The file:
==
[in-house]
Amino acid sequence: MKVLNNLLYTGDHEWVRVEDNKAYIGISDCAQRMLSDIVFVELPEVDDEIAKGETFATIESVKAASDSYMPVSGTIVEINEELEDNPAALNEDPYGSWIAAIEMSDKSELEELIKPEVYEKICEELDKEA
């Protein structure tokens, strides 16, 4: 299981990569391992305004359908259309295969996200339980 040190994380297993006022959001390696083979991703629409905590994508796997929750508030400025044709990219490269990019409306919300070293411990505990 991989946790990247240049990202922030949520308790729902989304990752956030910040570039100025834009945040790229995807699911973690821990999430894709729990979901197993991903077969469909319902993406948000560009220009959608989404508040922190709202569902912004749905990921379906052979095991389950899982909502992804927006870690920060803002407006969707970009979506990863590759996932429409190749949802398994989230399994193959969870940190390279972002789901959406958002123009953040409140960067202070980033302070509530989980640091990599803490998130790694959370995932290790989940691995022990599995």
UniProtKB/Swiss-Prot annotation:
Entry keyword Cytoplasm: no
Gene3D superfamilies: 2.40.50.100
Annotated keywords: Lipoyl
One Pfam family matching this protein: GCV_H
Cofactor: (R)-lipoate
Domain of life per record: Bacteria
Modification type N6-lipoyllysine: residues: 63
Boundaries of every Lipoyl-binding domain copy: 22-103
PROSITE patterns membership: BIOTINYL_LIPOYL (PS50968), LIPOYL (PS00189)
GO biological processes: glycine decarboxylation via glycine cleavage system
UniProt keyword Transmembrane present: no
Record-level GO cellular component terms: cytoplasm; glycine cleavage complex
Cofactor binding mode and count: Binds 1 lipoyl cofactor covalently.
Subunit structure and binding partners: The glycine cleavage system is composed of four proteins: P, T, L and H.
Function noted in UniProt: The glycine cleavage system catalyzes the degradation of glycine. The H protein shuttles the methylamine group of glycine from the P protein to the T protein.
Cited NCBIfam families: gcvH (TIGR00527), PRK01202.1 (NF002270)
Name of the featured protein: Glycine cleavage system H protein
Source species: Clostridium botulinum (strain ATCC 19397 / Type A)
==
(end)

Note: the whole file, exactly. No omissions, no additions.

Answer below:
[in-house]
Amino acid sequence: MKVLNNLLYTGDHEWVRVEDNKAYIGISDCAQRMLSDIVFVELPEVDDEIAKGETFATIESVKAASDSYMPVSGTIVEINEELEDNPAALNEDPYGSWIAAIEMSDKSELEELIKPEVYEKICEELDKEA
């Protein structure tokens, strides 16, 4: 299981990569391992305004359908259309295969996200339980 040190994380297993006022959001390696083979991703629409905590994508796997929750508030400025044709990219490269990019409306919300070293411990505990 991989946790990247240049990202922030949520308790729902989304990752956030910040570039100025834009945040790229995807699911973690821990999430894709729990979901197993991903077969469909319902993406948000560009220009959608989404508040922190709202569902912004749905990921379906052979095991389950899982909502992804927006870690920060803002407006969707970009979506990863590759996932429409190749949802398994989230399994193959969870940190390279972002789901959406958002123009953040409140960067202070980033302070509530989980640091990599803490998130790694959370995932290790989940691995022990599995």
UniProtKB/Swiss-Prot annotation:
Entry keyword Cytoplasm: no
Gene3D superfamilies: 2.40.50.100
Annotated keywords: Lipoyl
One Pfam family matching this protein: GCV_H
Cofactor: (R)-lipoate
Domain of life per record: Bacteria
Modification type N6-lipoyllysine: residues: 63
Boundaries of every Lipoyl-binding domain copy: 22-103
PROSITE patterns membership: BIOTINYL_LIPOYL (PS50968), LIPOYL (PS00189)
GO biological processes: glycine decarboxylation via glycine cleavage system
UniProt keyword Transmembrane present: no
Record-level GO cellular component terms: cytoplasm; glycine cleavage complex
Cofactor binding mode and count: Binds 1 lipoyl cofactor covalently.
Subunit structure and binding partners: The glycine cleavage system is composed of four proteins: P, T, L and H.
Function noted in UniProt: The glycine cleavage system catalyzes the degradation of glycine. The H protein shuttles the methylamine group of glycine from the P protein to the T protein.
Cited NCBIfam families: gcvH (TIGR00527), PRK01202.1 (NF002270)
Name of the featured protein: Glycine cleavage system H protein
Source species: Clostridium botulinum (strain ATCC 19397 / Type A)